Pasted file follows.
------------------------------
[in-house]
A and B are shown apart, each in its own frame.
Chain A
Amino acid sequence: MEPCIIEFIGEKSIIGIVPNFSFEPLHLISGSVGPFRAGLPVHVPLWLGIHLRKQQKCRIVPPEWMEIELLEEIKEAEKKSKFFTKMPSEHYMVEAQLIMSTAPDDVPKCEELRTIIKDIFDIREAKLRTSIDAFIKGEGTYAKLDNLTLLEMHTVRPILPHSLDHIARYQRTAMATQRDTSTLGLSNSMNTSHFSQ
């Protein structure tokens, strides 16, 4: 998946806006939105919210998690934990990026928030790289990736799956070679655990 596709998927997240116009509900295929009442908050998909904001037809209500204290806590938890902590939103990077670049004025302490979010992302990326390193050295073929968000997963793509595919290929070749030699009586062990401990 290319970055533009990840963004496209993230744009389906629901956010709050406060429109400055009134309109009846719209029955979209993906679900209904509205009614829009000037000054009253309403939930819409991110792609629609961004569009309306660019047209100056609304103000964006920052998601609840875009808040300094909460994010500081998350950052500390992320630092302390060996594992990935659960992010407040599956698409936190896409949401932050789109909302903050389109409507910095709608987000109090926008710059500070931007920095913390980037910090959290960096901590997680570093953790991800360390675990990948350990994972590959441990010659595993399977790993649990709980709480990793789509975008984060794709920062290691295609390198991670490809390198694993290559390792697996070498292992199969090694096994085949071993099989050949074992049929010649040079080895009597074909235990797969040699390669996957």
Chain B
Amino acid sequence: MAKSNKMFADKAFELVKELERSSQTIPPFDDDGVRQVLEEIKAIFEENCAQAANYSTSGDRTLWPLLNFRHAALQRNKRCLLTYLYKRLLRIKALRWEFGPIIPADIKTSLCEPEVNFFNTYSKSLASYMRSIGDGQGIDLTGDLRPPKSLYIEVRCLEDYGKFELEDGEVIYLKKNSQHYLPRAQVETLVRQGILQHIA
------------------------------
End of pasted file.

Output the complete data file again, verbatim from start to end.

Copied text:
[in-house]
A and B are shown apart, each in its own frame.
Chain A
Amino acid sequence: MEPCIIEFIGEKSIIGIVPNFSFEPLHLISGSVGPFRAGLPVHVPLWLGIHLRKQQKCRIVPPEWMEIELLEEIKEAEKKSKFFTKMPSEHYMVEAQLIMSTAPDDVPKCEELRTIIKDIFDIREAKLRTSIDAFIKGEGTYAKLDNLTLLEMHTVRPILPHSLDHIARYQRTAMATQRDTSTLGLSNSMNTSHFSQ
């Protein structure tokens, strides 16, 4: 998946806006939105919210998690934990990026928030790289990736799956070679655990 596709998927997240116009509900295929009442908050998909904001037809209500204290806590938890902590939103990077670049004025302490979010992302990326390193050295073929968000997963793509595919290929070749030699009586062990401990 290319970055533009990840963004496209993230744009389906629901956010709050406060429109400055009134309109009846719209029955979209993906679900209904509205009614829009000037000054009253309403939930819409991110792609629609961004569009309306660019047209100056609304103000964006920052998601609840875009808040300094909460994010500081998350950052500390992320630092302390060996594992990935659960992010407040599956698409936190896409949401932050789109909302903050389109409507910095709608987000109090926008710059500070931007920095913390980037910090959290960096901590997680570093953790991800360390675990990948350990994972590959441990010659595993399977790993649990709980709480990793789509975008984060794709920062290691295609390198991670490809390198694993290559390792697996070498292992199969090694096994085949071993099989050949074992049929010649040079080895009597074909235990797969040699390669996957």
Chain B
Amino acid sequence: MAKSNKMFADKAFELVKELERSSQTIPPFDDDGVRQVLEEIKAIFEENCAQAANYSTSGDRTLWPLLNFRHAALQRNKRCLLTYLYKRLLRIKALRWEFGPIIPADIKTSLCEPEVNFFNTYSKSLASYMRSIGDGQGIDLTGDLRPPKSLYIEVRCLEDYGKFELEDGEVIYLKKNSQHYLPRAQVETLVRQGILQHIA